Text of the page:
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Infinite sum question

  1. Jan 1, 2013 #1
    Happy new year. All the best.

    I have one question. Is it true?
    I saw in one book relation
    Can you give me some explanation for this step?
  2. jcsd
  3. Jan 1, 2013 #2


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    hi matematikuvol! :smile:

    the RHS is a function of n (ie, it's different for different n), but the LHS isn't …

    so that equation can't possibly be correct :redface:

    perhaps they mean
    (which obviously is true)
  4. Jan 1, 2013 #3
    Hi matematikuvol,
    Hi tiny-tim
    I think what is missing in your equations is the term limit.
    That is, the infinite sum would be (might be) the limit of the other sum when n goes to infinity.
    But in this case, beware that although what tiny-tim says about it being obviously true (you just reverse the summation order) this is not necessarily true anymore when you take the limit.
    For it to hold even when n goes to infinity your sum must be absolutely convergent, otherwise changing terms order in interesting ways could lead you to find the limit to be just about anything (0, ∏, whatever)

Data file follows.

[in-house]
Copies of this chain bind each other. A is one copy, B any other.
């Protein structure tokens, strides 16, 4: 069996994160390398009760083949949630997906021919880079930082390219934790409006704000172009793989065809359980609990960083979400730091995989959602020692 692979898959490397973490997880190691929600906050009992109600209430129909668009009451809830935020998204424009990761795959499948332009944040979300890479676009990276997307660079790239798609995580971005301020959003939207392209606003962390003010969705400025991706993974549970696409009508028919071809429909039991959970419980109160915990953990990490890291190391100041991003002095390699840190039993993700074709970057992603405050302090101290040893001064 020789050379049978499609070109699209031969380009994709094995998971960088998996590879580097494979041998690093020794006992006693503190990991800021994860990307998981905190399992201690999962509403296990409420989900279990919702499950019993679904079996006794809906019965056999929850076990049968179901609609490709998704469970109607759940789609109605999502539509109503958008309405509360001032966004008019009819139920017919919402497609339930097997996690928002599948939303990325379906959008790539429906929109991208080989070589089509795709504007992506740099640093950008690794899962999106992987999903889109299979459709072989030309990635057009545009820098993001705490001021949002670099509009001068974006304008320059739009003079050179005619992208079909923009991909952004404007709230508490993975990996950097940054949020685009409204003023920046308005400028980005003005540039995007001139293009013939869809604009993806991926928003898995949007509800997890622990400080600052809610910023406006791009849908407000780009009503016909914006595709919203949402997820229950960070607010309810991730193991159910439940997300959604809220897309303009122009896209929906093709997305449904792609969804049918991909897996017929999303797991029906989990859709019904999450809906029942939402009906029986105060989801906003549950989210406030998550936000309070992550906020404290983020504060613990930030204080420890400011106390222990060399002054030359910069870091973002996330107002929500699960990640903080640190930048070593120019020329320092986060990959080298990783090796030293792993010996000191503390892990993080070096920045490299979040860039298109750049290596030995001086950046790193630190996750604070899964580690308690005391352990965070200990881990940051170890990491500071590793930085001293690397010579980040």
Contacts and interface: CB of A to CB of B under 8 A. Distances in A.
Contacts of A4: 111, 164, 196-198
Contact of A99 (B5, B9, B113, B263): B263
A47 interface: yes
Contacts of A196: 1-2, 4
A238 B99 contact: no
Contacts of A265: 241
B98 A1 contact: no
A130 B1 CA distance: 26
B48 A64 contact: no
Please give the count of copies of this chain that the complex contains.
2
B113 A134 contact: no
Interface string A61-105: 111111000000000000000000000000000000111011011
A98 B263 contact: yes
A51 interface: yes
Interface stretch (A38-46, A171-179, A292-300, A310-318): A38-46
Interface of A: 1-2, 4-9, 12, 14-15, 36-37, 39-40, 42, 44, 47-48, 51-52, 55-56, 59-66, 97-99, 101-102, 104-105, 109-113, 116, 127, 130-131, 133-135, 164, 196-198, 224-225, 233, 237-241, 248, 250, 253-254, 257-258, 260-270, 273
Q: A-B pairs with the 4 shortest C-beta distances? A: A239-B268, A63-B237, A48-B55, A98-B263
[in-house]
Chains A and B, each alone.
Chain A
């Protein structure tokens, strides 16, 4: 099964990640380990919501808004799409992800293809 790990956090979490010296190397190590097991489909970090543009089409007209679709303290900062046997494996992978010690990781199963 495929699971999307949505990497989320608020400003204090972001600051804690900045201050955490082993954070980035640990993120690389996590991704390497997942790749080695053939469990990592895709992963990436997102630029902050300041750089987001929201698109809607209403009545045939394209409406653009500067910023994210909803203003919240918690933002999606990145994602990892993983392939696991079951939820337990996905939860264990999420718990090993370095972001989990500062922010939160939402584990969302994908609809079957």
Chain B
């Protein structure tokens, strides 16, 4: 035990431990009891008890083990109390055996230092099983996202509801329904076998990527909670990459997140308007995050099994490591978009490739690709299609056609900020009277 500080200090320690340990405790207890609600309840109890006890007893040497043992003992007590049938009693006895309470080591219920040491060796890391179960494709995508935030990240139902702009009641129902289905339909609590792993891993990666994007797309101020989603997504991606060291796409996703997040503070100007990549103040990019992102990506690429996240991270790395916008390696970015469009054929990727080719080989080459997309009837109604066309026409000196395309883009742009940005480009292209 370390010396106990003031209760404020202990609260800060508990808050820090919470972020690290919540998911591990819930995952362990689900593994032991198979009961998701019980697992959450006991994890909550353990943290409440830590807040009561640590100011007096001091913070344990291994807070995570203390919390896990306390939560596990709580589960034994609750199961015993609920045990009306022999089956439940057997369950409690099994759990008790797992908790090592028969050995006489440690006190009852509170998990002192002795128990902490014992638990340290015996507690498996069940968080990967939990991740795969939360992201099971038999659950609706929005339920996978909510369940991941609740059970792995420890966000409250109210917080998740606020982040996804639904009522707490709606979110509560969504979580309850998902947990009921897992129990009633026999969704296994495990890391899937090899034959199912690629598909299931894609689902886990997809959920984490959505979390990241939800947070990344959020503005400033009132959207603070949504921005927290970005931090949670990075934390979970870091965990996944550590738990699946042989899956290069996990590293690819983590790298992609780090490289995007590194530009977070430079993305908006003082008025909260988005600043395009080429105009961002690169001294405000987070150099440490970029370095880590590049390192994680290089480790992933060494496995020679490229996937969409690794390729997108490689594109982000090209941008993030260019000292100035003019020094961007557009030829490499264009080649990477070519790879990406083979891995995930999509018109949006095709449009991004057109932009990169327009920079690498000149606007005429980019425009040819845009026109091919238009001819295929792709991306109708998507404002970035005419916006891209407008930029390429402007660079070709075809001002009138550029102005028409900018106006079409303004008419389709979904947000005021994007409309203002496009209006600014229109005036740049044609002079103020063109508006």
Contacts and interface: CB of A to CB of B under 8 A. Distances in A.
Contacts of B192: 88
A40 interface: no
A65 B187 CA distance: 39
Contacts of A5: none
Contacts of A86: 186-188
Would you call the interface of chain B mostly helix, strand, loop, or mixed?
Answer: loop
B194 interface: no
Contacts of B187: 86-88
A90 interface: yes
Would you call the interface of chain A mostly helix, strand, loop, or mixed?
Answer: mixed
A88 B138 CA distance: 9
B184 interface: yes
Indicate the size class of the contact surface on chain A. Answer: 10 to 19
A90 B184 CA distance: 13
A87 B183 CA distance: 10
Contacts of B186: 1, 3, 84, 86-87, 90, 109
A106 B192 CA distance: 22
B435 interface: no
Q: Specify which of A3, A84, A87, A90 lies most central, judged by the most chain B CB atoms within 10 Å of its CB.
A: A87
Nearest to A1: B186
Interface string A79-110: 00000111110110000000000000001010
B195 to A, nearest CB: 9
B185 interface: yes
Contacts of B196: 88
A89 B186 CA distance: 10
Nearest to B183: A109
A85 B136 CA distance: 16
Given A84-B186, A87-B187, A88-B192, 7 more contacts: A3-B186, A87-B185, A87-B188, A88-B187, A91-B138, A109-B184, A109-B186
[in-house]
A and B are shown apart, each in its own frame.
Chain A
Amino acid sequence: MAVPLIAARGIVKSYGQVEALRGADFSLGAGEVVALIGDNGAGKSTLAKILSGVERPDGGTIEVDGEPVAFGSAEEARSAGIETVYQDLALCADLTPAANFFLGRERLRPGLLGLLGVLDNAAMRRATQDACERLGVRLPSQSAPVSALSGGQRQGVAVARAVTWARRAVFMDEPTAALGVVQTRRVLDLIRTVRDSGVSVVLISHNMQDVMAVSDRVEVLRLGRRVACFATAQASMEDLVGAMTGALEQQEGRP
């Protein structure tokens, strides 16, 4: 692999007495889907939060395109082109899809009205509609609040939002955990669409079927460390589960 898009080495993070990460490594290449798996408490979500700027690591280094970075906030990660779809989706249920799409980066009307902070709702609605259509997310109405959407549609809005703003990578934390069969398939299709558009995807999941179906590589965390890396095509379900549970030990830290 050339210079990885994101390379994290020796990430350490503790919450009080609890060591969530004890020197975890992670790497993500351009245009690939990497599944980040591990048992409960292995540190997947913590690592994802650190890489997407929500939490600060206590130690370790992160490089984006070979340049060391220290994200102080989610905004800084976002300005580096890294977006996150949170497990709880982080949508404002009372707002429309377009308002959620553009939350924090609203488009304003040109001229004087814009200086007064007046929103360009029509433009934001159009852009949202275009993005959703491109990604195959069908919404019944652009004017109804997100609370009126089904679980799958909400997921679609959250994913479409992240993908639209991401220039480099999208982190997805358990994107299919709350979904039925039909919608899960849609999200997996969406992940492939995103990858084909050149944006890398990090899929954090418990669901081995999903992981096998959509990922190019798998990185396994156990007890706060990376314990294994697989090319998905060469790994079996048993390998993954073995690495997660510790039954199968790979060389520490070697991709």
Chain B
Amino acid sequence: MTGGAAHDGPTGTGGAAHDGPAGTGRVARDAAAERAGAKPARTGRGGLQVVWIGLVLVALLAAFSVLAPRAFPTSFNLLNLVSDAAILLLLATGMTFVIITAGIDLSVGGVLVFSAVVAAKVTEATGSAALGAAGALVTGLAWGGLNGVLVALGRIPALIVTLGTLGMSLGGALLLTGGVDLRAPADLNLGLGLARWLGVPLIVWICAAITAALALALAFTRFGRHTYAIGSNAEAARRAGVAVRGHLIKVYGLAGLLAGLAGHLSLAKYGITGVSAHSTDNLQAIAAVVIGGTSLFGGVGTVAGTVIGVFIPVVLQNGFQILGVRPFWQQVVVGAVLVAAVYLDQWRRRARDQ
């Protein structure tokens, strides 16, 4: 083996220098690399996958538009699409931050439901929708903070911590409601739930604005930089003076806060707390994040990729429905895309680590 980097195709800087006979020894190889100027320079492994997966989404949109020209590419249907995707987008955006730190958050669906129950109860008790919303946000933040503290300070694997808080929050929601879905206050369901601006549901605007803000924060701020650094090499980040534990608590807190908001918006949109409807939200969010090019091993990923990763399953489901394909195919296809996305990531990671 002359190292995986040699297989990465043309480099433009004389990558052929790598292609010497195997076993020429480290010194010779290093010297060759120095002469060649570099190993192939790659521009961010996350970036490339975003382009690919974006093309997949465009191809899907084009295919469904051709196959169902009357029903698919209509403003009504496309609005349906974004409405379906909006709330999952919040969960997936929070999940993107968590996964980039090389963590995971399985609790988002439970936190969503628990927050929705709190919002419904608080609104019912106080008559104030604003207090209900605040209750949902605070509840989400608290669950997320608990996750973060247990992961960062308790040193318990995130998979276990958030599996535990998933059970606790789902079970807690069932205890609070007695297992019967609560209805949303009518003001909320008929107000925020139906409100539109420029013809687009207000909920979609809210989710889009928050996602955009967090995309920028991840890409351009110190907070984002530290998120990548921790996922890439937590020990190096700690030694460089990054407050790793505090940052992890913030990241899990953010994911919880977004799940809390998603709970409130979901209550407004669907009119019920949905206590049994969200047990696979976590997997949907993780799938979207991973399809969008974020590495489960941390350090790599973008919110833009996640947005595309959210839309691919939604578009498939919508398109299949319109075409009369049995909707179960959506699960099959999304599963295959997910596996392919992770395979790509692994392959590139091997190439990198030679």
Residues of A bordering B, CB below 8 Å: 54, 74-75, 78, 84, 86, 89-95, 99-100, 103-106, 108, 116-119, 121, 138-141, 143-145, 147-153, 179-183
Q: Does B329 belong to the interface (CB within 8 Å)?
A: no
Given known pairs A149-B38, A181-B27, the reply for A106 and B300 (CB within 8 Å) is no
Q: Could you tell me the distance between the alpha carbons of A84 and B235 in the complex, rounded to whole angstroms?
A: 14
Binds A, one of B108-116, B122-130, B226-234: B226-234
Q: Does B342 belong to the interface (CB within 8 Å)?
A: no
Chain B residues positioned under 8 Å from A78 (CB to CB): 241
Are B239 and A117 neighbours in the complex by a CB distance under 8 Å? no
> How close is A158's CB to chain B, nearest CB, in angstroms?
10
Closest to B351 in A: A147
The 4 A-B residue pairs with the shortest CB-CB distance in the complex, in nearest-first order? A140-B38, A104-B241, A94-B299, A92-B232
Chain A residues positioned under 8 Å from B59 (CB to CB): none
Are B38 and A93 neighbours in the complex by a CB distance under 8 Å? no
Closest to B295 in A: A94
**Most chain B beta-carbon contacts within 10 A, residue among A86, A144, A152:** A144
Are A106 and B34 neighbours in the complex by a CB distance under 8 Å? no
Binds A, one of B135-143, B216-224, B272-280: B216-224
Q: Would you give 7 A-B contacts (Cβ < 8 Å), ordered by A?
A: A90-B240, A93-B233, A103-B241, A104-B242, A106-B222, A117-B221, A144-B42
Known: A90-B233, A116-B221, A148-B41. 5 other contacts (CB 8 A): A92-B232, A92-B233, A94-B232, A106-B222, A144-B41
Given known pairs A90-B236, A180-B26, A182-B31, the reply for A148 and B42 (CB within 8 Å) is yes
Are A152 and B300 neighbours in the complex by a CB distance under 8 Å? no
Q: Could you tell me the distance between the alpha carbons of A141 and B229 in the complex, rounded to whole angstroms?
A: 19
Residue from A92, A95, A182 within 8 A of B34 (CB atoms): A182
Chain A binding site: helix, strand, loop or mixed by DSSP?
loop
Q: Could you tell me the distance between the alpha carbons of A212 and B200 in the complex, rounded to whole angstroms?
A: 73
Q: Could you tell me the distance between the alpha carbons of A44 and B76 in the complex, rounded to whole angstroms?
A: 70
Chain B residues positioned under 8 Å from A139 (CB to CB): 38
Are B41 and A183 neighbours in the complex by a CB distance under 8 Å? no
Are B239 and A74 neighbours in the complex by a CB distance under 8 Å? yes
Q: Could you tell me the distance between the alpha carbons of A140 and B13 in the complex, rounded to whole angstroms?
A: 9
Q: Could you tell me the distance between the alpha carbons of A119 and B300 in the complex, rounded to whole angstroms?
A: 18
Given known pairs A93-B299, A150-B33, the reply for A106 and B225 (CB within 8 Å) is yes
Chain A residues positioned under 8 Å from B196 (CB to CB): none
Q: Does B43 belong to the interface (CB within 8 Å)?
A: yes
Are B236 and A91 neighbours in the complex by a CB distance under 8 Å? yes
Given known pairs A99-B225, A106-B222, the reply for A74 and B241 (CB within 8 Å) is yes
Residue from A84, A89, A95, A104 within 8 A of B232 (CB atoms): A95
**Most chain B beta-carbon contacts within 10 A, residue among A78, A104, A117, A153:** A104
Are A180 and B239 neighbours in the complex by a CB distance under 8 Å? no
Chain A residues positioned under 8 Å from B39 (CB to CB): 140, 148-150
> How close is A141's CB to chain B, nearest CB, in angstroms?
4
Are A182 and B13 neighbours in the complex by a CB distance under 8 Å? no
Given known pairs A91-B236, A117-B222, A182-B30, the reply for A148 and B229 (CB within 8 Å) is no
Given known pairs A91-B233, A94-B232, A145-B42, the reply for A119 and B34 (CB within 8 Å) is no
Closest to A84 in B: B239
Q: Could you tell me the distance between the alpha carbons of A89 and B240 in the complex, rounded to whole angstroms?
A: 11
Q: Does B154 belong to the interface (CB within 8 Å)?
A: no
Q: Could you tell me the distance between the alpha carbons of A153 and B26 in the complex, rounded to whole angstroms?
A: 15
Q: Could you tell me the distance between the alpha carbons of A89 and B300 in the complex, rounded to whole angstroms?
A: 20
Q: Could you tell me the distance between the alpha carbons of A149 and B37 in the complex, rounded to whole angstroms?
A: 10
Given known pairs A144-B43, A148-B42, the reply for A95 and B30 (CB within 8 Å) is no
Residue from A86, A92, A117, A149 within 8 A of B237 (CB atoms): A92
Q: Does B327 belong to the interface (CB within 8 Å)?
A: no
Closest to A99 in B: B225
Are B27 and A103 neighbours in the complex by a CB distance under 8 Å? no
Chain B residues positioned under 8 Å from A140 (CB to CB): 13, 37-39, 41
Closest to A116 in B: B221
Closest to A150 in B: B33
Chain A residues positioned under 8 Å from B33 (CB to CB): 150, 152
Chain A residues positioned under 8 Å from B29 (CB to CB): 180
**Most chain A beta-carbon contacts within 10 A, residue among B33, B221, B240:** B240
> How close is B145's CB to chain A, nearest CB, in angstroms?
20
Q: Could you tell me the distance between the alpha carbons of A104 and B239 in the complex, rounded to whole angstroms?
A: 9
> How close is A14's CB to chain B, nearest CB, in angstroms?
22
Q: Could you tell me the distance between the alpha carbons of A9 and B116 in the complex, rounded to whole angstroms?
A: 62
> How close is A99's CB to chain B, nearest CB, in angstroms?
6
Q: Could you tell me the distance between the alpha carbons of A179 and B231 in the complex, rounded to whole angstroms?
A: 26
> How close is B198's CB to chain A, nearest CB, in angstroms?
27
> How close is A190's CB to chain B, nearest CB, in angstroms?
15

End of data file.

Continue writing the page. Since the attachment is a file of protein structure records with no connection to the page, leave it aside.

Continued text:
5. Jan 1, 2013 #4

    This particular derangement doesn't affect the sum when passing to the limit because [itex] \forall n \in \mathbb{N} , \sum_{k=0}^n a_k x^k = \sum_{k=0}^n a_{n-k} x^{n-k} [/itex]. Thus [itex] \sum_{k=0}^{\infty} a_k x^k = \sum_{k=0}^{\infty} a_{n-k} x^{n-k} [/itex]
  6. Jan 1, 2013 #5


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    Your last remark is incorrect, since you are still looking at an n in each term of the infinite sum.
    You would need ∞-k, which is meaningless in this context.
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